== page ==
Tag Archives: reliability

Murder – A Depressing Subject

I’m feeling very right wing today.

The murder rate in London is, I’m told, higher than the murder rate in New York. Of course, that’s just according to some papers; other papers actually looked at the figures.

It seems that the two cities are very close in total murders, with New York actually two ahead. However, it also seems that this is just based on the first few months of this year. This is not, as anyone with half a brain will tell you, statistically significant. So, if you can’t draw any useful conclusions from the figures what can you do?

Well, I suspect you can draw some useful conclusions about journalists and their approach to statistics when pursuing a story.

You can probably also draw some conclusions about a rise in the London murder rate and the necessity to do something about it.

There are plenty of statistics out there if you want them. I could discuss them at length, but if I did I might send people to sleep.

However, you might like to think about a few facts.

 

London is quite a safe city.

New York, after much work from the police, is also quite a safe city.

Teenagers are not the only victims, so talk of better youth facilities, whilst well-meant, won’t solve the problem.There are no easy answers.

Everybody has a choice – they are not forced to pick up a gun or knife before they leave the house.

Punishment doesn’t reduce crime, though hanging clearly prevents re-offending. Assuming you hang the right people.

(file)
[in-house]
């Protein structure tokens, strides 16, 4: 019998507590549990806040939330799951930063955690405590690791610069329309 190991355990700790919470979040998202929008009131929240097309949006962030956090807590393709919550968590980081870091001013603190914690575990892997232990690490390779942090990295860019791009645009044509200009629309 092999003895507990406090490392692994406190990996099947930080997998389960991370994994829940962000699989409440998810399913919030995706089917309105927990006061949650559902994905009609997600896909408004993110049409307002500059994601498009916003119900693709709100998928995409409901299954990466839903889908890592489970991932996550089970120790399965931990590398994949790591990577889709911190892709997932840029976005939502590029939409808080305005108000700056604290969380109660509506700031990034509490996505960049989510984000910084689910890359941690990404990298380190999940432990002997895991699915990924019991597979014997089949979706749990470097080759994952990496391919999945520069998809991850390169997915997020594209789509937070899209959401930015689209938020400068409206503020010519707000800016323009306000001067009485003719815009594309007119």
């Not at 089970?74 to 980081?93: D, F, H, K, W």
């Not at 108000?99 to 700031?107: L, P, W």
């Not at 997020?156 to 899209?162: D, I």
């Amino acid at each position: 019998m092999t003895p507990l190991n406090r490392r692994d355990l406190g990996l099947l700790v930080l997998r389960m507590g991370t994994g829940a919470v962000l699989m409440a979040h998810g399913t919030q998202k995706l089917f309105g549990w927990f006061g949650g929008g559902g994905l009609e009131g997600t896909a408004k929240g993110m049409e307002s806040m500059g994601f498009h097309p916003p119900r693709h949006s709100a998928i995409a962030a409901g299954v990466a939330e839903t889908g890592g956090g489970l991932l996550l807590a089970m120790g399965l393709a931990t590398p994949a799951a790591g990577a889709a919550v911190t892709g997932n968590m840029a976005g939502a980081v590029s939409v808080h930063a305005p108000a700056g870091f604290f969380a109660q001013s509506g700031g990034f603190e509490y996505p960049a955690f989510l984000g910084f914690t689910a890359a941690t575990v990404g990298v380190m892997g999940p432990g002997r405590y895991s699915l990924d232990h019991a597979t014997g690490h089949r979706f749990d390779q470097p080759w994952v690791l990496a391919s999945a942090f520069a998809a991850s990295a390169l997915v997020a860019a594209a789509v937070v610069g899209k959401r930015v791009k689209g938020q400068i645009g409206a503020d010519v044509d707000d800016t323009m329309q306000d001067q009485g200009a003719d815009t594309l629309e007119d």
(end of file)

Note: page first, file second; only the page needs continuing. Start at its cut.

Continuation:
You can’t believe everything you read in the papers.

You definitely can’t believe anything in this blog, which is just the view of one grumpy old man with firm ideas about personal responsibility and the decline of modern society.

Every murder is a tragedy for someone and, if that person was going to grow up to cure cancer or stop Global Warming, it’s a tragedy for us all.¬†Any man’s death diminishes me, as Donne says.

And finally, a quote from the Office of National Statistics. “Over one-third of adult male victims…were killed by a friend or acquaintance”.

I don’t know about you, but my definition of “friend” tends to exclude the likelihood of murder.

 

Volkswagens Ain’t What They Used To Be…

I had a Passat once before. It was a year old and had 104,000 miles on the clock. It had been used by a rep in Scotland and had been serviced roughly every six weeks. I had it six more years and added 143,000 miles, much of it full with either stock or tools. Apart from regular servicing, the engine was trouble free with only a leaking water pump to report in all that time, though we did have to replace the brake pipes and fix the central locking with a piece of insulating tape (a basic bodge).

Apart from that, the window opening mechanisms were the main source of trouble and were, in the end, the reason I got rid of the car. When you are using it for work there are only so many times you can put up with losing a day because the windows need attention.

The new one I bought a couple of years ago has not impressed me. It doesn’t pull as well as the old one, it has too many electrical fripperies and it has just cost me money for engine parts. I was shocked. In thirty years of running diesels I’ve only ever had to replace one set of glowplugs before and I’ve never had to replace engine parts at 50,000 miles. I’ve always believed that each car should be an improvement on the last, but this seems not to be the case.

I’ve also always believed that Volkswagens rate highly for reliability and longevity, but looking at the internet these days seems to suggest differently.

Modern life can be quite a let-down.